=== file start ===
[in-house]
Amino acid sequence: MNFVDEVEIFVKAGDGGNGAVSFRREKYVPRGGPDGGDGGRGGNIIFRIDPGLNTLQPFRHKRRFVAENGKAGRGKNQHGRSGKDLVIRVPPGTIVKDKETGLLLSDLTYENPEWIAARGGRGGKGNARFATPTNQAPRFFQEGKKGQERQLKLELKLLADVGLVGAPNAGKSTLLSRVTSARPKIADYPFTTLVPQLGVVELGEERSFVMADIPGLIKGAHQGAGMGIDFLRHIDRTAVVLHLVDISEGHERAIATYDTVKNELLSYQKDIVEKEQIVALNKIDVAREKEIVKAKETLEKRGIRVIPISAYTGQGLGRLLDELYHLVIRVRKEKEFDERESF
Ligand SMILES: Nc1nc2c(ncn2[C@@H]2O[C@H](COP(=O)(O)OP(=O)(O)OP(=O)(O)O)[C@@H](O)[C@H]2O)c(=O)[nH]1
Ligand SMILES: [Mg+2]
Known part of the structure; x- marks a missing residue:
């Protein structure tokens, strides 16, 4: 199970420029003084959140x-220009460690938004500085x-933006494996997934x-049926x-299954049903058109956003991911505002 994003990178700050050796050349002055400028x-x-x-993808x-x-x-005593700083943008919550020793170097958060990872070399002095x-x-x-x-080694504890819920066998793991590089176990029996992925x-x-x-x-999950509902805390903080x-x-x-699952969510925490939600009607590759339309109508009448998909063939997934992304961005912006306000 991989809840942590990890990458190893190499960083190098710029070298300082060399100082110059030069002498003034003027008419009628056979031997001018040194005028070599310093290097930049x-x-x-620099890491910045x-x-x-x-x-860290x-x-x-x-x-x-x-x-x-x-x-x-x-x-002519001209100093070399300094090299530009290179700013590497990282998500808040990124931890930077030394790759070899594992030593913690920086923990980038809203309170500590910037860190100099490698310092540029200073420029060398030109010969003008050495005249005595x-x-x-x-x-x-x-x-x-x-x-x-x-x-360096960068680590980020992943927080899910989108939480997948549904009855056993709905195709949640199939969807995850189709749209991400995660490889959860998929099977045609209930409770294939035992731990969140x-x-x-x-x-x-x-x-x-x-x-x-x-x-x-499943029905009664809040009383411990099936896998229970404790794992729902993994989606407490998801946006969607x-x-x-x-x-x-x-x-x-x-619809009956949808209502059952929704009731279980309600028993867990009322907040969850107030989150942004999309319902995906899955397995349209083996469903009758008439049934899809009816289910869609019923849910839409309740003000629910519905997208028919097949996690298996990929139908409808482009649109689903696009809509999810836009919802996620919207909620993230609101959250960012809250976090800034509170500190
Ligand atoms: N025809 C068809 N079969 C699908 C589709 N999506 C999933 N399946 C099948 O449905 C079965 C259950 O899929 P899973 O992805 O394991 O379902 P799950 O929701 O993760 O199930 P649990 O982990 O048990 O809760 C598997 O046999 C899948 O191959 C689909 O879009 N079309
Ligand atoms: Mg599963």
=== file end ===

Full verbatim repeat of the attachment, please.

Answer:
[in-house]
Amino acid sequence: MNFVDEVEIFVKAGDGGNGAVSFRREKYVPRGGPDGGDGGRGGNIIFRIDPGLNTLQPFRHKRRFVAENGKAGRGKNQHGRSGKDLVIRVPPGTIVKDKETGLLLSDLTYENPEWIAARGGRGGKGNARFATPTNQAPRFFQEGKKGQERQLKLELKLLADVGLVGAPNAGKSTLLSRVTSARPKIADYPFTTLVPQLGVVELGEERSFVMADIPGLIKGAHQGAGMGIDFLRHIDRTAVVLHLVDISEGHERAIATYDTVKNELLSYQKDIVEKEQIVALNKIDVAREKEIVKAKETLEKRGIRVIPISAYTGQGLGRLLDELYHLVIRVRKEKEFDERESF
Ligand SMILES: Nc1nc2c(ncn2[C@@H]2O[C@H](COP(=O)(O)OP(=O)(O)OP(=O)(O)O)[C@@H](O)[C@H]2O)c(=O)[nH]1
Ligand SMILES: [Mg+2]
Known part of the structure; x- marks a missing residue:
């Protein structure tokens, strides 16, 4: 199970420029003084959140x-220009460690938004500085x-933006494996997934x-049926x-299954049903058109956003991911505002 994003990178700050050796050349002055400028x-x-x-993808x-x-x-005593700083943008919550020793170097958060990872070399002095x-x-x-x-080694504890819920066998793991590089176990029996992925x-x-x-x-999950509902805390903080x-x-x-699952969510925490939600009607590759339309109508009448998909063939997934992304961005912006306000 991989809840942590990890990458190893190499960083190098710029070298300082060399100082110059030069002498003034003027008419009628056979031997001018040194005028070599310093290097930049x-x-x-620099890491910045x-x-x-x-x-860290x-x-x-x-x-x-x-x-x-x-x-x-x-x-002519001209100093070399300094090299530009290179700013590497990282998500808040990124931890930077030394790759070899594992030593913690920086923990980038809203309170500590910037860190100099490698310092540029200073420029060398030109010969003008050495005249005595x-x-x-x-x-x-x-x-x-x-x-x-x-x-360096960068680590980020992943927080899910989108939480997948549904009855056993709905195709949640199939969807995850189709749209991400995660490889959860998929099977045609209930409770294939035992731990969140x-x-x-x-x-x-x-x-x-x-x-x-x-x-x-499943029905009664809040009383411990099936896998229970404790794992729902993994989606407490998801946006969607x-x-x-x-x-x-x-x-x-x-619809009956949808209502059952929704009731279980309600028993867990009322907040969850107030989150942004999309319902995906899955397995349209083996469903009758008439049934899809009816289910869609019923849910839409309740003000629910519905997208028919097949996690298996990929139908409808482009649109689903696009809509999810836009919802996620919207909620993230609101959250960012809250976090800034509170500190
Ligand atoms: N025809 C068809 N079969 C699908 C589709 N999506 C999933 N399946 C099948 O449905 C079965 C259950 O899929 P899973 O992805 O394991 O379902 P799950 O929701 O993760 O199930 P649990 O982990 O048990 O809760 C598997 O046999 C899948 O191959 C689909 O879009 N079309
Ligand atoms: Mg599963």